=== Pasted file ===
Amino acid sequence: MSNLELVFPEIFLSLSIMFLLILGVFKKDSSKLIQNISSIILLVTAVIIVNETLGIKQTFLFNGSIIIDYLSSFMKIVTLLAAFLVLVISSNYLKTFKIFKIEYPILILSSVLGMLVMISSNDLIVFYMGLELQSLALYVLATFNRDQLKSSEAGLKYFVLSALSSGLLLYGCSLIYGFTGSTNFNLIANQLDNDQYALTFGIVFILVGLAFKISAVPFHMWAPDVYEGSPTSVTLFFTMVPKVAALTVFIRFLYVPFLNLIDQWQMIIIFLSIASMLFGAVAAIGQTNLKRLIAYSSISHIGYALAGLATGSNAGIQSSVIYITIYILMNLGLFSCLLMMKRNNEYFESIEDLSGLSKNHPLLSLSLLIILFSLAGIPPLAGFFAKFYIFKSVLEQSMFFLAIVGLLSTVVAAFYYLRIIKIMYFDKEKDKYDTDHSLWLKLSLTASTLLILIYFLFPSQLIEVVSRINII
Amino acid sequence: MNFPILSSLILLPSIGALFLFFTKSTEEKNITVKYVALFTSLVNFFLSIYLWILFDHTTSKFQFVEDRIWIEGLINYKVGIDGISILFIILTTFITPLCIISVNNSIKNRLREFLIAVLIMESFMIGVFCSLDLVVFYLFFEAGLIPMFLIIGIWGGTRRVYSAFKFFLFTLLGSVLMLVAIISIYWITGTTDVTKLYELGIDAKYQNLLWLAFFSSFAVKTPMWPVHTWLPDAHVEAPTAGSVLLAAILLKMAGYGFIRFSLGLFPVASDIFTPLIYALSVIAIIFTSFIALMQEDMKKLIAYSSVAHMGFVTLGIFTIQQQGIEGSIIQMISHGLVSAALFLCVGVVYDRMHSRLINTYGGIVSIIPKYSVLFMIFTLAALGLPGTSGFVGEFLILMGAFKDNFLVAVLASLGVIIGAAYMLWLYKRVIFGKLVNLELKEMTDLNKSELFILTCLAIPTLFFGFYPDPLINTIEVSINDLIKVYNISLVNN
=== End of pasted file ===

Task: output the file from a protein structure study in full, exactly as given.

Amino acid sequence: MSNLELVFPEIFLSLSIMFLLILGVFKKDSSKLIQNISSIILLVTAVIIVNETLGIKQTFLFNGSIIIDYLSSFMKIVTLLAAFLVLVISSNYLKTFKIFKIEYPILILSSVLGMLVMISSNDLIVFYMGLELQSLALYVLATFNRDQLKSSEAGLKYFVLSALSSGLLLYGCSLIYGFTGSTNFNLIANQLDNDQYALTFGIVFILVGLAFKISAVPFHMWAPDVYEGSPTSVTLFFTMVPKVAALTVFIRFLYVPFLNLIDQWQMIIIFLSIASMLFGAVAAIGQTNLKRLIAYSSISHIGYALAGLATGSNAGIQSSVIYITIYILMNLGLFSCLLMMKRNNEYFESIEDLSGLSKNHPLLSLSLLIILFSLAGIPPLAGFFAKFYIFKSVLEQSMFFLAIVGLLSTVVAAFYYLRIIKIMYFDKEKDKYDTDHSLWLKLSLTASTLLILIYFLFPSQLIEVVSRINII
Amino acid sequence: MNFPILSSLILLPSIGALFLFFTKSTEEKNITVKYVALFTSLVNFFLSIYLWILFDHTTSKFQFVEDRIWIEGLINYKVGIDGISILFIILTTFITPLCIISVNNSIKNRLREFLIAVLIMESFMIGVFCSLDLVVFYLFFEAGLIPMFLIIGIWGGTRRVYSAFKFFLFTLLGSVLMLVAIISIYWITGTTDVTKLYELGIDAKYQNLLWLAFFSSFAVKTPMWPVHTWLPDAHVEAPTAGSVLLAAILLKMAGYGFIRFSLGLFPVASDIFTPLIYALSVIAIIFTSFIALMQEDMKKLIAYSSVAHMGFVTLGIFTIQQQGIEGSIIQMISHGLVSAALFLCVGVVYDRMHSRLINTYGGIVSIIPKYSVLFMIFTLAALGLPGTSGFVGEFLILMGAFKDNFLVAVLASLGVIIGAAYMLWLYKRVIFGKLVNLELKEMTDLNKSELFILTCLAIPTLFFGFYPDPLINTIEVSINDLIKVYNISLVNN